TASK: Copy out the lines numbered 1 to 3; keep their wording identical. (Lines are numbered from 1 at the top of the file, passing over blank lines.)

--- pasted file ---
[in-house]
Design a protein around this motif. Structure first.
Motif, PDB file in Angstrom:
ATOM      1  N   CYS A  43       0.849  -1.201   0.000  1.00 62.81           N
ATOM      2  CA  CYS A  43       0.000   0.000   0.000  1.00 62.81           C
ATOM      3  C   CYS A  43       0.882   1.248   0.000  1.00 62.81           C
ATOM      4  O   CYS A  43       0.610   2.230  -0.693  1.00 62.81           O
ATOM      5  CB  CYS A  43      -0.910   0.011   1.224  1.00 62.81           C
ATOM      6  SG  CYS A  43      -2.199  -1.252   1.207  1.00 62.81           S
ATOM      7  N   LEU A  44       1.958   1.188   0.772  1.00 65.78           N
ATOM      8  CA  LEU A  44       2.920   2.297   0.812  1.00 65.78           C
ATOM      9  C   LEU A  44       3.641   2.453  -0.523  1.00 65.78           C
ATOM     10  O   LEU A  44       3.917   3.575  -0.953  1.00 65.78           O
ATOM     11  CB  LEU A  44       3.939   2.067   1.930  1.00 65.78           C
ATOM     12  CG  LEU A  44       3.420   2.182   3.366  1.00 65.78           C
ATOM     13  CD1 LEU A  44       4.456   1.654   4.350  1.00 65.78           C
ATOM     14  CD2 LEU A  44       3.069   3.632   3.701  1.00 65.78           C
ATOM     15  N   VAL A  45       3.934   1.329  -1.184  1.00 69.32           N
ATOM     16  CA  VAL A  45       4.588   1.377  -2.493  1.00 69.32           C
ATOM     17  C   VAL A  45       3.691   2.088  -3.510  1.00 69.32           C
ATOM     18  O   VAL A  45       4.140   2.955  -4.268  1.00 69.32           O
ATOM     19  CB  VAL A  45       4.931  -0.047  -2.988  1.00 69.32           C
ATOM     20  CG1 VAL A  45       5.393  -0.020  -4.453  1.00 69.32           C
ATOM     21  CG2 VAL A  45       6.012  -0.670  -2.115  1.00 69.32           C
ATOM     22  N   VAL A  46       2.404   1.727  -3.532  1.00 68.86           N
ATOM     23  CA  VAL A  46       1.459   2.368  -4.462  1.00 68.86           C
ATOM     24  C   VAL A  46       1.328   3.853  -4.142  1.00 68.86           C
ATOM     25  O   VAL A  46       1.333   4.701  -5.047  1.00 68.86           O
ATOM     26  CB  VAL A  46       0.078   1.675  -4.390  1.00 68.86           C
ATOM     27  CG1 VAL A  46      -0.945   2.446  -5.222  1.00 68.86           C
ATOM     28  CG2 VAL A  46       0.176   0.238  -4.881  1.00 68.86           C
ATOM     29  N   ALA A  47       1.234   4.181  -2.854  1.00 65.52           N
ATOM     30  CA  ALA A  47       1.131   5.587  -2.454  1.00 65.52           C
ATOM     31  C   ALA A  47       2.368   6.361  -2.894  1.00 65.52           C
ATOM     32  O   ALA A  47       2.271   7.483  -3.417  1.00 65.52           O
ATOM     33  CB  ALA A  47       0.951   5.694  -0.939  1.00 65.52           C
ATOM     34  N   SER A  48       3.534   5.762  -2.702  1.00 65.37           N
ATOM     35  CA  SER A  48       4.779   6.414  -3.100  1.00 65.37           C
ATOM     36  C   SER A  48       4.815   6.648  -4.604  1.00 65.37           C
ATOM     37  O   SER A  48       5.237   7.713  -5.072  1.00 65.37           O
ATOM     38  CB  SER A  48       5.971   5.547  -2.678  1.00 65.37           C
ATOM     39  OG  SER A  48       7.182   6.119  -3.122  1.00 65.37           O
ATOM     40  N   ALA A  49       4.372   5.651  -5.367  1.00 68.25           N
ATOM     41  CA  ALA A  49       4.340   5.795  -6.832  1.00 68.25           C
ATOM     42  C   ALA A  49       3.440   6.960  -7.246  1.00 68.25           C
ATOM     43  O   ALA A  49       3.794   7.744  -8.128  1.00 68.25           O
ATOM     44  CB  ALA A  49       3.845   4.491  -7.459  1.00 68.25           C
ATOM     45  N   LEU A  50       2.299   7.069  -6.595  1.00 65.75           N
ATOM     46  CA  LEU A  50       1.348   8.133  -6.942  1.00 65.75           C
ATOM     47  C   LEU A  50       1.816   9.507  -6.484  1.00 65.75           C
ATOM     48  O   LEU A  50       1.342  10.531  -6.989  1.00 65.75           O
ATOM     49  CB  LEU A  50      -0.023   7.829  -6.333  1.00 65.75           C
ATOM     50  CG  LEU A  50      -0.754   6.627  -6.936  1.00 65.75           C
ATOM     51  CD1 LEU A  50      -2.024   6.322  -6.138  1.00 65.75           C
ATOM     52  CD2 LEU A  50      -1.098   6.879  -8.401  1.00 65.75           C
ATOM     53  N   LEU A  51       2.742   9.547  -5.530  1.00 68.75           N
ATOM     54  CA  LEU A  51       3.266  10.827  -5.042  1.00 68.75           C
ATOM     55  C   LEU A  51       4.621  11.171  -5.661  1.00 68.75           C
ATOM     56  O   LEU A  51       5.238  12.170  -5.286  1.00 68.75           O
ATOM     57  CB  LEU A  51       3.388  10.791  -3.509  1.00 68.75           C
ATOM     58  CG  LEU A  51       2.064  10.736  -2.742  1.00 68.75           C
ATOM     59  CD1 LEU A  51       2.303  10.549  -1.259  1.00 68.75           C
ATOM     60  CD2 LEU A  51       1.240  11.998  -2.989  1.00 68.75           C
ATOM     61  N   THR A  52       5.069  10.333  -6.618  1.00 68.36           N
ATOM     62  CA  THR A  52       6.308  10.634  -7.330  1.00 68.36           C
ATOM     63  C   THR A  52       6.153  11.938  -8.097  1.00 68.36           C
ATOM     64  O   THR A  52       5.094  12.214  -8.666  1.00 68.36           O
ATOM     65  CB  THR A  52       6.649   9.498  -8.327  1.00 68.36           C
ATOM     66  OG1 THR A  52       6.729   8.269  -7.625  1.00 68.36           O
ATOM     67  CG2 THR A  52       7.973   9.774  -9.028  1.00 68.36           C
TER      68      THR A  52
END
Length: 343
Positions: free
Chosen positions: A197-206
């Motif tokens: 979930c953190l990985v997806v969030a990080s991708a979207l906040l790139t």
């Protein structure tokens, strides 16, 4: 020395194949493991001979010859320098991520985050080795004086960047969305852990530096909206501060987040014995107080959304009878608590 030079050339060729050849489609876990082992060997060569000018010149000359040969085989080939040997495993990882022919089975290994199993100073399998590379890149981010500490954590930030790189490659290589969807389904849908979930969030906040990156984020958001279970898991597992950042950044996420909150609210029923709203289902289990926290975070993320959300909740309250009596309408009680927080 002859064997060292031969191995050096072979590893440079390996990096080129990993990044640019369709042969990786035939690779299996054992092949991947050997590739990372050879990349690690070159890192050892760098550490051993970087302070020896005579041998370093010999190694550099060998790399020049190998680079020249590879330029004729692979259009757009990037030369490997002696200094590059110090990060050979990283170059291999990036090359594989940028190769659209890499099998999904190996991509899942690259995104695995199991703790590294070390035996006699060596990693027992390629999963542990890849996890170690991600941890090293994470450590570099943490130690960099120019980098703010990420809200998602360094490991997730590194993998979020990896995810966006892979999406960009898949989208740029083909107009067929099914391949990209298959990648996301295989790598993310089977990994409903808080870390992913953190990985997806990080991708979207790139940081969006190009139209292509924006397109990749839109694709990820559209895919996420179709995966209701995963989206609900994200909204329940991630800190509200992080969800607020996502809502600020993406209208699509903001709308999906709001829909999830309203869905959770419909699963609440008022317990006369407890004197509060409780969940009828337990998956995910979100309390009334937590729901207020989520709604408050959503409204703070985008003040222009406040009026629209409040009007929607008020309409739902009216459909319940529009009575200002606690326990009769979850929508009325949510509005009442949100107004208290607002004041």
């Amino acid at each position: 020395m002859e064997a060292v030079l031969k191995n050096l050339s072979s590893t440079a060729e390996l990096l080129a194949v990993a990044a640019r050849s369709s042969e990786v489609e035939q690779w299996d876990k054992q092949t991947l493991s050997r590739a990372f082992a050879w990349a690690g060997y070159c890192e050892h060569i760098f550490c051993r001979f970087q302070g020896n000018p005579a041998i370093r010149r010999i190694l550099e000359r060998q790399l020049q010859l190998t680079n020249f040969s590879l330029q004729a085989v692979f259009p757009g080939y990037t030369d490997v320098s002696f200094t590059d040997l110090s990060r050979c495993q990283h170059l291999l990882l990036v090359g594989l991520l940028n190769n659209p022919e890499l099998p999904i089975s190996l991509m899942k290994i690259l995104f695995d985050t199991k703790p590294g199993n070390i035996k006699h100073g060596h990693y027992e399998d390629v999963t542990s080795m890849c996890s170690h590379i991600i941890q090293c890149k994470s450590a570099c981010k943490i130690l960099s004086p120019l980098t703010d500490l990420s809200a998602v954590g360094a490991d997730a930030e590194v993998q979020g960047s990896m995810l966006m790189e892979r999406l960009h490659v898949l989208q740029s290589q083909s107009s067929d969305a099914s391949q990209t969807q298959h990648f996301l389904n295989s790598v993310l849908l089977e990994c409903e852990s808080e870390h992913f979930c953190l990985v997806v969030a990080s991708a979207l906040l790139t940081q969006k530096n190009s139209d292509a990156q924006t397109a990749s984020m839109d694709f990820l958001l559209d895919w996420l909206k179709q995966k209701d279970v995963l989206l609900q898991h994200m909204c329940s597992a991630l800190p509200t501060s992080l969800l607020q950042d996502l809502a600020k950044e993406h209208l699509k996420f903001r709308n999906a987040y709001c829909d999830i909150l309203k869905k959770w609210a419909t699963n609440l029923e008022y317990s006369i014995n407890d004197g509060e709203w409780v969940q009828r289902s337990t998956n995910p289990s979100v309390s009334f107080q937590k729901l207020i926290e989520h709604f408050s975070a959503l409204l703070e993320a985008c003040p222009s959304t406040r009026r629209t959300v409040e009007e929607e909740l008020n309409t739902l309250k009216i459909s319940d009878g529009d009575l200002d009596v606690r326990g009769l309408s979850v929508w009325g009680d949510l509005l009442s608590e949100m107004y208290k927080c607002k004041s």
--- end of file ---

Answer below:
[in-house]
Design a protein around this motif. Structure first.
Motif, PDB file in Angstrom: